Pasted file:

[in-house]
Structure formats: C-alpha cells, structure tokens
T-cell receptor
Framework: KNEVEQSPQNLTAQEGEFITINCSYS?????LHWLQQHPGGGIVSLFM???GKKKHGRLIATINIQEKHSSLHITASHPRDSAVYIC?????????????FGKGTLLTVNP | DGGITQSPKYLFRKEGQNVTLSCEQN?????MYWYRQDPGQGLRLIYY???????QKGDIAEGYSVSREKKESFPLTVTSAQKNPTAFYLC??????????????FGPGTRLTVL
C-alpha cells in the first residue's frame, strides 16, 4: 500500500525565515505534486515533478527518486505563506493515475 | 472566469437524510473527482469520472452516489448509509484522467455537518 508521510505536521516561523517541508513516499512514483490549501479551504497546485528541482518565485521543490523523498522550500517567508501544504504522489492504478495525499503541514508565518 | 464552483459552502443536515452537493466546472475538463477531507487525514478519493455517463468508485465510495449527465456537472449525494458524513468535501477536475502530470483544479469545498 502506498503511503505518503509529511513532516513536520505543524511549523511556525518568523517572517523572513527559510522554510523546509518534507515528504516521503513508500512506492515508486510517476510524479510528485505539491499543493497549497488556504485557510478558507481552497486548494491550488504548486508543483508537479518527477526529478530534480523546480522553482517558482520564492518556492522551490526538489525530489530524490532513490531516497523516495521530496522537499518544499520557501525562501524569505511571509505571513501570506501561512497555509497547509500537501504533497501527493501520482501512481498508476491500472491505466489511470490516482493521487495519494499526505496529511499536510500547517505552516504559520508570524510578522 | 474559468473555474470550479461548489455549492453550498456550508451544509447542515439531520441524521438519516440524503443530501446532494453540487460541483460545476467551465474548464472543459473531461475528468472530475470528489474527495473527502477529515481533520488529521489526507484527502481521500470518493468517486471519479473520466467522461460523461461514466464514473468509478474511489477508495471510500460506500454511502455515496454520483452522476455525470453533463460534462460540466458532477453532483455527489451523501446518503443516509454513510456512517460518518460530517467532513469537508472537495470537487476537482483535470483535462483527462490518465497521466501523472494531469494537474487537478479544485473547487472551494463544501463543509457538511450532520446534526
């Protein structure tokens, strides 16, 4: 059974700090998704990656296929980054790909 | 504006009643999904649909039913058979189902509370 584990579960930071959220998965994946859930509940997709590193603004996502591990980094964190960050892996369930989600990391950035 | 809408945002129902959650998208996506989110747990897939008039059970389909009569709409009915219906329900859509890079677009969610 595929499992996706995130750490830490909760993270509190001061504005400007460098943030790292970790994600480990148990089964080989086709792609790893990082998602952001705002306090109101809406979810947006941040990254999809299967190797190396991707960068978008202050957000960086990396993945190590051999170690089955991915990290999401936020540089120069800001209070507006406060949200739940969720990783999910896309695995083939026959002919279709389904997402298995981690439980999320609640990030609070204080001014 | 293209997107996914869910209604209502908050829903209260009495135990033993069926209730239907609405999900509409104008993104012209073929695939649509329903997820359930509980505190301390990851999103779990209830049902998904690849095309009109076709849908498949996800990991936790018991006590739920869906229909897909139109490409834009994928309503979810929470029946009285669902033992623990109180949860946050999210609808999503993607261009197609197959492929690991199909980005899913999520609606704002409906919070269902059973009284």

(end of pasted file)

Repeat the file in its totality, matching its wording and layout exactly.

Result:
[in-house]
Structure formats: C-alpha cells, structure tokens
T-cell receptor
Framework: KNEVEQSPQNLTAQEGEFITINCSYS?????LHWLQQHPGGGIVSLFM???GKKKHGRLIATINIQEKHSSLHITASHPRDSAVYIC?????????????FGKGTLLTVNP | DGGITQSPKYLFRKEGQNVTLSCEQN?????MYWYRQDPGQGLRLIYY???????QKGDIAEGYSVSREKKESFPLTVTSAQKNPTAFYLC??????????????FGPGTRLTVL
C-alpha cells in the first residue's frame, strides 16, 4: 500500500525565515505534486515533478527518486505563506493515475 | 472566469437524510473527482469520472452516489448509509484522467455537518 508521510505536521516561523517541508513516499512514483490549501479551504497546485528541482518565485521543490523523498522550500517567508501544504504522489492504478495525499503541514508565518 | 464552483459552502443536515452537493466546472475538463477531507487525514478519493455517463468508485465510495449527465456537472449525494458524513468535501477536475502530470483544479469545498 502506498503511503505518503509529511513532516513536520505543524511549523511556525518568523517572517523572513527559510522554510523546509518534507515528504516521503513508500512506492515508486510517476510524479510528485505539491499543493497549497488556504485557510478558507481552497486548494491550488504548486508543483508537479518527477526529478530534480523546480522553482517558482520564492518556492522551490526538489525530489530524490532513490531516497523516495521530496522537499518544499520557501525562501524569505511571509505571513501570506501561512497555509497547509500537501504533497501527493501520482501512481498508476491500472491505466489511470490516482493521487495519494499526505496529511499536510500547517505552516504559520508570524510578522 | 474559468473555474470550479461548489455549492453550498456550508451544509447542515439531520441524521438519516440524503443530501446532494453540487460541483460545476467551465474548464472543459473531461475528468472530475470528489474527495473527502477529515481533520488529521489526507484527502481521500470518493468517486471519479473520466467522461460523461461514466464514473468509478474511489477508495471510500460506500454511502455515496454520483452522476455525470453533463460534462460540466458532477453532483455527489451523501446518503443516509454513510456512517460518518460530517467532513469537508472537495470537487476537482483535470483535462483527462490518465497521466501523472494531469494537474487537478479544485473547487472551494463544501463543509457538511450532520446534526
């Protein structure tokens, strides 16, 4: 059974700090998704990656296929980054790909 | 504006009643999904649909039913058979189902509370 584990579960930071959220998965994946859930509940997709590193603004996502591990980094964190960050892996369930989600990391950035 | 809408945002129902959650998208996506989110747990897939008039059970389909009569709409009915219906329900859509890079677009969610 595929499992996706995130750490830490909760993270509190001061504005400007460098943030790292970790994600480990148990089964080989086709792609790893990082998602952001705002306090109101809406979810947006941040990254999809299967190797190396991707960068978008202050957000960086990396993945190590051999170690089955991915990290999401936020540089120069800001209070507006406060949200739940969720990783999910896309695995083939026959002919279709389904997402298995981690439980999320609640990030609070204080001014 | 293209997107996914869910209604209502908050829903209260009495135990033993069926209730239907609405999900509409104008993104012209073929695939649509329903997820359930509980505190301390990851999103779990209830049902998904690849095309009109076709849908498949996800990991936790018991006590739920869906229909897909139109490409834009994928309503979810929470029946009285669902033992623990109180949860946050999210609808999503993607261009197609197959492929690991199909980005899913999520609606704002409906919070269902059973009284």